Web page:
Azo and Kodachrome, it does not make sense to me.

Discussion in 'Product Availability' started by Photo Engineer, Nov 18, 2007.

  1. Photo Engineer

    Photo Engineer Subscriber

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    Here are some things bothering me about Azo and Kodachrome production and comments here about these products.

    Up until the 80s, Kodak, Fuji and Konica all made Kodachrome type films, but when E6 came out, Fuji and Konica jumped over to E6 products exclusively. The press and customers call it "forward thinking". Kodak continued R&D on Kodachrome and tried to introduce a new product line including the T-grain 400 speed Kodachrome and the press and customers called it "retro thinking". The products were never introduced. So, now after sticking to it for 20+ years, the market has shrunk to almost zero, but Kodak is hanging in there for all of you Kodachrome lovers and as the market shrinks all you can do is blame Kodak and complain. They stuck with you while everyone else bailed out!

    Right now, Fuji makes an Azo type paper but does not sell it in the US AFAIK. Ilford, Agfa and Kentmere have Azo type formulas in-hand but do not make a product like it. Agfa discontinued their Lupex (Azo type) paper years ago. So when Kodak discontinues the paper everyone jumps on Kodak again.

    Why not get Ilford to make their Azo type paper? Why not get Fuji to sell their Azo type paper here? Why not get Fuji to make their Kodachrome analog again? Why don't they do it on their own?

    The answer is in front of us.

    Either there is no market, or they don't care. Oh dear, did I say that about some of your favorite companies or did I put the truth of the market situation in front of you? It is one or the other you know.

    From what I know of both companies, I believe they do care.

    Think about this though... Castigating Kodak and saying you won't buy any more of their products --- bla, bla, bla will never help. It is injuring Kodak when they have stuck in there longer than most other companies and sold nitch products for you all until it became virtually impossible to sell to such a tiny market. World wide production of Kodachrome is down to about 1 roll / year to supply the entire world. Something like that. Azo was about the same.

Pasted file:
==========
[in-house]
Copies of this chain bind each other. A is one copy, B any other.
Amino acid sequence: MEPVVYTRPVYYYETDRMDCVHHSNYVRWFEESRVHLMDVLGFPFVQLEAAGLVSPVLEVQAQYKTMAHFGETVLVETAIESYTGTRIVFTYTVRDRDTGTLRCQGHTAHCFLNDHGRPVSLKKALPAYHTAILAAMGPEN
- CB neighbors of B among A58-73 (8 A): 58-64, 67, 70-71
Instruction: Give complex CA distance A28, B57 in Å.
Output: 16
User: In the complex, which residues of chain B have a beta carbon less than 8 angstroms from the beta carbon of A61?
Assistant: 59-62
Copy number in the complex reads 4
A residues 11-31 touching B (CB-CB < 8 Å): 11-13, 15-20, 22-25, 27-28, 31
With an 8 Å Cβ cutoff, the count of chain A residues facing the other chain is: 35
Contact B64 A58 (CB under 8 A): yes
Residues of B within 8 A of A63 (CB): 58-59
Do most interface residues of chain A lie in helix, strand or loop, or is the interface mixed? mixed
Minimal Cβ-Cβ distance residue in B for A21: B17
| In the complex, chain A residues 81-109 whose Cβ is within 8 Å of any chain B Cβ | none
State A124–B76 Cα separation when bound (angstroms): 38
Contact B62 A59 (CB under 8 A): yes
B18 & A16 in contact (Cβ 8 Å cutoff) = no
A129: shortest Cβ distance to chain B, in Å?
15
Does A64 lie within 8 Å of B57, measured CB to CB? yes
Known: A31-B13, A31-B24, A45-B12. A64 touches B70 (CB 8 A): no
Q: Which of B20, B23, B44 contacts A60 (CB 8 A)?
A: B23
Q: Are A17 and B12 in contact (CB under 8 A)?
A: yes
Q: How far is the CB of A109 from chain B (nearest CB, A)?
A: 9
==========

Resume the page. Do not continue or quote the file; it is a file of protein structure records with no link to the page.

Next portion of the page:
Anyhow, that is what I've seen after looking through years of photo mags and thinking about posts here and the current market situation.

    Kodak has stuck with you when other companies bailed out or ignored your needs, and you seem to have been too blind to see it. Or, it seems as if you would rather ignore what they have done and just complain.

    These products that you love so much can be produced rather easily by other companies but they are not. The reasons are unclear, but I've given two possible interpretations of the reasons.

    Now, what do you think of this analysis? Do you think your comments about Kodak re. Kodachrome's decline and Azo are warranted? Do you think that ignoring the market on the part of other companies capable of filling these needs is warranted? Either they care, or they don't care, or either the market is big enough or too small. I'm waiting......

    This is going to be interesting.

    PE
     
  2. PHOTOTONE

    PHOTOTONE Member

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    I'm a fan of Kodak, I use tons (figuratively) of Kodak film products in my work. Here is what I think...It is BECAUSE Kodak has tried to hang on so long to certain products that has created the ill feelings. The growing interest in photography as "art" has renewed interest in certain older products that at the last only Kodak made. Therefore we have all these budding fine art photographers who discovered some of these wonderful old products just as Kodak was winding down production. It is the mis-convergence of the interest upswing, and the economic downswing of manufacturing that is the real problem. Unfortunately the upswing was not big enough to warrant making the papers with the high-volume coating equipment they were optimized for, and I guess re-engineering them for smaller production was not considered economically viable. But there are smaller photo paper manufacturers who have demonstrated they can be profitable in this much smaller market. Kodak has been hurt by its mere size.

    As to a specific product like Azo..it took a small group of art photographers to become captivated with its qualities for the current interest to take off. I used to always print my 8x10 contact prints on good enlarging paper, not contact paper. I never tried Azo....but I do believe there is enough market for an Azo clone paper for some vendor who already has the formula worked out for their coating equipment, to make it. It is a niche that is waiting to be filled. After all, almost all silver-based photography is "niche" now, so these niches should be filled by those that can still make fibre-based photo paper.
     
  3. Terence

    Terence Member

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    I think it's the lack of straightforward communication.

    I have tried not to be anti-Kodak, but their handling of HIE's demise was pretty annoying. A rumor surfaces that EIR and HIE are being discontinued. They say that only EIR is cancelled and imply that HIE will continue to be produced. A couple months later they say that HIE is discontinued. I strongly doubt that HIE's fate was unknown when they first denied its demise.

    I'm not saying the other companies are any better. I AM saying that their use of "weasel words" back in the spring-time made me distrust any possible future pronouncements by them.

    As an amateur, their seeming lack of marketing/public relations towards amateurs does not help.